The Empty Left Edge Condition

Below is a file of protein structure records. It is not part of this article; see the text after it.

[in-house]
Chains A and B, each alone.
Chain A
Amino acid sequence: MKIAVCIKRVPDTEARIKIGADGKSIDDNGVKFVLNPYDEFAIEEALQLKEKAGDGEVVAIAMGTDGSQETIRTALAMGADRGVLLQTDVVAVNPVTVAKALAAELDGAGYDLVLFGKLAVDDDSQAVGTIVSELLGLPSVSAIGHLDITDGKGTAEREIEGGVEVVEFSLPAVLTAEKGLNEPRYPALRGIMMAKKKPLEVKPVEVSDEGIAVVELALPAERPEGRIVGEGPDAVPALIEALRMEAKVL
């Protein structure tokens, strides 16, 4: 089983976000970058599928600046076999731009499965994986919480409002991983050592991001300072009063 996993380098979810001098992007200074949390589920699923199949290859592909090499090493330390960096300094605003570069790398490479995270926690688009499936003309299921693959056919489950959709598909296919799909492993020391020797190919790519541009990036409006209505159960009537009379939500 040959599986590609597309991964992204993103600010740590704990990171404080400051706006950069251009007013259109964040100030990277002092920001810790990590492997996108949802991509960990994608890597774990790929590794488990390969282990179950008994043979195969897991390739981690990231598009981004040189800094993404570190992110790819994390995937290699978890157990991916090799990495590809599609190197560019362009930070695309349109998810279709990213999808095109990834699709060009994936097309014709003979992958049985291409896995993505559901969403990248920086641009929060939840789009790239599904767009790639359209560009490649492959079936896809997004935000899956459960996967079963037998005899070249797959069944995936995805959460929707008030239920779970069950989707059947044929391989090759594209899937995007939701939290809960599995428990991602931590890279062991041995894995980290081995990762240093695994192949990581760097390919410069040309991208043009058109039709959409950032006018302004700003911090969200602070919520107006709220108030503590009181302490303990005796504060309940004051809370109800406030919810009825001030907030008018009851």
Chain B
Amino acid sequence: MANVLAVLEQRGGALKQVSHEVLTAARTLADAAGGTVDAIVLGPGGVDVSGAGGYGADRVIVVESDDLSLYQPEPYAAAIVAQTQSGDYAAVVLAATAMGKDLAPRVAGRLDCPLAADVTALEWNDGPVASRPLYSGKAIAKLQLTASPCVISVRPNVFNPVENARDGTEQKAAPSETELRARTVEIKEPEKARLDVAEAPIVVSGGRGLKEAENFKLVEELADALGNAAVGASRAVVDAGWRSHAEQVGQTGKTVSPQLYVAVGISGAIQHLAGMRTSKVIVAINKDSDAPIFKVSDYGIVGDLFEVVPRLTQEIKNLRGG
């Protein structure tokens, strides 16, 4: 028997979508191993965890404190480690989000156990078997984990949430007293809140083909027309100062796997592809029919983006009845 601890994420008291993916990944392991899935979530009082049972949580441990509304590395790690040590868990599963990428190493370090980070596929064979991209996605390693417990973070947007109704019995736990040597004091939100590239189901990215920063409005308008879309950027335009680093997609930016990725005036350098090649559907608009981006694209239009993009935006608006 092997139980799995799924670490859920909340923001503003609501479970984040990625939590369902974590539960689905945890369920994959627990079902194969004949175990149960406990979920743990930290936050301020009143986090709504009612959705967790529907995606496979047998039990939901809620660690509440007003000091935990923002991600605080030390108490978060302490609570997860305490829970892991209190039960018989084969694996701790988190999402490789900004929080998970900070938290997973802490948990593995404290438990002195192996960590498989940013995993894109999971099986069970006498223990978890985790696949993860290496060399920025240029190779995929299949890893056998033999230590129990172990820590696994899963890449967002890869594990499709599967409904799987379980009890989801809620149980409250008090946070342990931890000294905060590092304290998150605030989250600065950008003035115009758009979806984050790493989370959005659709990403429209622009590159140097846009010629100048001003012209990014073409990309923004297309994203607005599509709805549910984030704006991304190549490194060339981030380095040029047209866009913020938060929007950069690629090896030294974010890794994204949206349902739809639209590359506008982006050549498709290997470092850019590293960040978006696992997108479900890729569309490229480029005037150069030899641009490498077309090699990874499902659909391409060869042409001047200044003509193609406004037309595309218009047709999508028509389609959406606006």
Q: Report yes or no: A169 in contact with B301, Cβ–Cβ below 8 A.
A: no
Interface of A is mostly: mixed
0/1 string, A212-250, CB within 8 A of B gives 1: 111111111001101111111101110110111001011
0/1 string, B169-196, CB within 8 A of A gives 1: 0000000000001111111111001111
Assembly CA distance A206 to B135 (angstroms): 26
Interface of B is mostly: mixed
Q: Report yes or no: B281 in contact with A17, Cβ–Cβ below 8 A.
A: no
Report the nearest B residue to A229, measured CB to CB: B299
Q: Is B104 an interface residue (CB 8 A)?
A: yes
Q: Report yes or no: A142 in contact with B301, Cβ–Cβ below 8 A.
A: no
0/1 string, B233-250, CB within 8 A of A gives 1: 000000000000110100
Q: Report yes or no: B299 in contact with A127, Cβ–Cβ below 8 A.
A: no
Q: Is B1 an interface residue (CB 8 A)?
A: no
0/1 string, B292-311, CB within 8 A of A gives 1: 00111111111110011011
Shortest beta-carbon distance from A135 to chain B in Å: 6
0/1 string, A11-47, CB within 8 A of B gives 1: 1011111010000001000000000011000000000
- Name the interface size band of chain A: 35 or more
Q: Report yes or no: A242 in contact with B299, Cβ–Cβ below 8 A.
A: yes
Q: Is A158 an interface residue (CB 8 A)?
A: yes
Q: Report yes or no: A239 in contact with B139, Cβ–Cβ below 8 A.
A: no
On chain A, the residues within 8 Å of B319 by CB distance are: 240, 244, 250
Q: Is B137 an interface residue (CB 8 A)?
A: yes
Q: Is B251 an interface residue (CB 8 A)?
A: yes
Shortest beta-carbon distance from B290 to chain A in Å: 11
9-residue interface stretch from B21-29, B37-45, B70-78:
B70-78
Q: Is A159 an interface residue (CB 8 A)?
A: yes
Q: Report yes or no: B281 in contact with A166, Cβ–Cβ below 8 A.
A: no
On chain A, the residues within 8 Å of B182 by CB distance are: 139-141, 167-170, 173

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Argument drop is commonly subject to the Empty Left Edge Condition, ELEC, requiring that the left edge of the clause not be spelled out. ELEC can be explained in terms of minimality, as an intervention effect (blocking context-linking of the null-argument). We argue that sensitivity to this effect is the most important ‘pro drop parametric’ factor and that there are no inherent or lexical differences between ‘different types’ of null-arguments. However, we also present striking evidence from Icelandic that emptiness conditions of this sort are operative in PF, a conclusion that suggests that much of ‘syntax’ in the traditional sense is actually morphosyntax or ‘PF syntax’, invisible to the semantic interface. If so, derivational crashes may occur (in the PF derivation), even though narrow syntax itself is crash-proof.


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